The relationship between cortisol, muscle mass and muscle strength in older persons and the role of genetic variations in the glucocorticoid receptor

Peeters, G. M. E. E., van Schoor, N. M, van Rossum, E. F. C., Visser, M. and Lips, P. (2008) The relationship between cortisol, muscle mass and muscle strength in older persons and the role of genetic variations in the glucocorticoid receptor. Clinical Endocrinology, 69 4: 673-682. doi:10.1111/j.1365-2265.2008.03212.x


Author Peeters, G. M. E. E.
van Schoor, N. M
van Rossum, E. F. C.
Visser, M.
Lips, P.
Title The relationship between cortisol, muscle mass and muscle strength in older persons and the role of genetic variations in the glucocorticoid receptor
Journal name Clinical Endocrinology   Check publisher's open access policy
ISSN 0300-0664
1365-2265
Publication date 2008-10
Sub-type Article (original research)
DOI 10.1111/j.1365-2265.2008.03212.x
Volume 69
Issue 4
Start page 673
End page 682
Total pages 10
Place of publication Oxford, England, U.K.
Publisher Wiley-Blackwell Publishing
Language eng
Formatted abstract
Objective: Cortisol levels increase with age and hypercortisolism is associated with muscle weakness. This study examines the relationship between cortisol, muscle mass and muscle strength in community-dwelling older persons and the role of genetic variations in the glucocorticoid receptor (GR). Design/patients: The study was conducted within the Longitudinal Ageing Study Amsterdam (LASA, 1992-ongoing), a cohort study in a population-based sample of older persons in the Netherlands. Data were used from 1196 and 1046 participants in the second (1995-1996) and fourth (2001-2002) cycle, respectively. Measurements: Total serum cortisol and free cortisol were measured in the mornings of the second cycle while salivary cortisol sampled early in the morning and late at night were measured in the fourth cycle. The GR gene polymorphisms (ER22/23EK, N363SS, 9β and BclI) were genotyped by Taqman. Appendicular skeletal muscle mass (ASMM) was measured using DXA in the second cycle and 3 years later (third cycle). Grip strength was assessed using a handgrip dynamometer in the second, third, fourth and fifth cycle. Results: A relationship was found between both morning and evening salivary cortisol, and loss of grip strength: participants in the highest quartile of cortisol concentration had a twofold higher risk of loss of grip strength than participants in the lowest quartile (P < 0.05). No relationships were found between serum cortisol (loss of) ASMM, and (loss of) grip strength. The ER22/23EK and N363S-polymorphisms modified the relationships between serum cortisol, ASMM and grip strength, respectively. Due to limited power, these relationships were not significant after stratification for the polymorphisms. Conclusion: High salivary cortisol is associated with a higher risk of loss of grip strength in older persons. GR genotypes modify the relationship between muscle mass and muscle strength. © 2008 The Authors.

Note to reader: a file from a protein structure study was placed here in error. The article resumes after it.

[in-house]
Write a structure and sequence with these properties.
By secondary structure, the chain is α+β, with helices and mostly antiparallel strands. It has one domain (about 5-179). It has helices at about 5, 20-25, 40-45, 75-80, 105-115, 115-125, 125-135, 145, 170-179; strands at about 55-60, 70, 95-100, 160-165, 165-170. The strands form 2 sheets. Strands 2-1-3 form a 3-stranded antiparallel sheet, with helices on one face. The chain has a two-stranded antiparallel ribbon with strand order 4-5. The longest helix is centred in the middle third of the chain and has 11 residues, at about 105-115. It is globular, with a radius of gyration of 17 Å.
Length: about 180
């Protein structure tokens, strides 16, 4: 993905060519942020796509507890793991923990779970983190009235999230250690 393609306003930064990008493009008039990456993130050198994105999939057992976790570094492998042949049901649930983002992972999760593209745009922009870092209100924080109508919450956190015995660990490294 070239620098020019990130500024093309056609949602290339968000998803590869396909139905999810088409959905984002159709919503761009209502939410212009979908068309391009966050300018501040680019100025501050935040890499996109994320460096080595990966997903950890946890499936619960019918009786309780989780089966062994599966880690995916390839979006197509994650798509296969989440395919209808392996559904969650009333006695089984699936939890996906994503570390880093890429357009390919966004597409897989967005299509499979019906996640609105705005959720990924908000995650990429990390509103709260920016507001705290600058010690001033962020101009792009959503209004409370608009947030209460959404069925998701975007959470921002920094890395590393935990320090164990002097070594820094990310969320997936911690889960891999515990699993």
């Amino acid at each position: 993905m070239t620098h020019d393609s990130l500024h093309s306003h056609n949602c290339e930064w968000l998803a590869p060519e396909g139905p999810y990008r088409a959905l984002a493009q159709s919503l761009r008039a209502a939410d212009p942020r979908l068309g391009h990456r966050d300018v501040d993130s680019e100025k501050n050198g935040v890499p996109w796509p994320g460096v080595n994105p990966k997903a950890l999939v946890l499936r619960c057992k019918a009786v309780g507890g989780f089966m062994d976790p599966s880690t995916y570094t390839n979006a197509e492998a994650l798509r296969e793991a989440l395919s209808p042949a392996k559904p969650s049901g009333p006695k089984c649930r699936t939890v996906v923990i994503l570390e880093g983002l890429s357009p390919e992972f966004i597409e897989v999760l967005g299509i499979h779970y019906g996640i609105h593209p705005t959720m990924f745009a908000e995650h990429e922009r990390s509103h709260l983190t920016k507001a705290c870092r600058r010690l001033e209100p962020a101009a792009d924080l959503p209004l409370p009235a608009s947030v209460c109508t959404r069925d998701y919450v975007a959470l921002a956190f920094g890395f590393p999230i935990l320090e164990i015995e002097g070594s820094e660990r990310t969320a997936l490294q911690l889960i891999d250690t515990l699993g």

Keyword In-Vivo
Salivary Cortisol
Plasma-Cortisol
Serum Cortisol
Sensitivity
Age
Polymorphism
Disease
Fibers
Association
Q-Index Code C1
Q-Index Status Provisional Code
Institutional Status Unknown

Document type: Journal Article
Sub-type: Article (original research)
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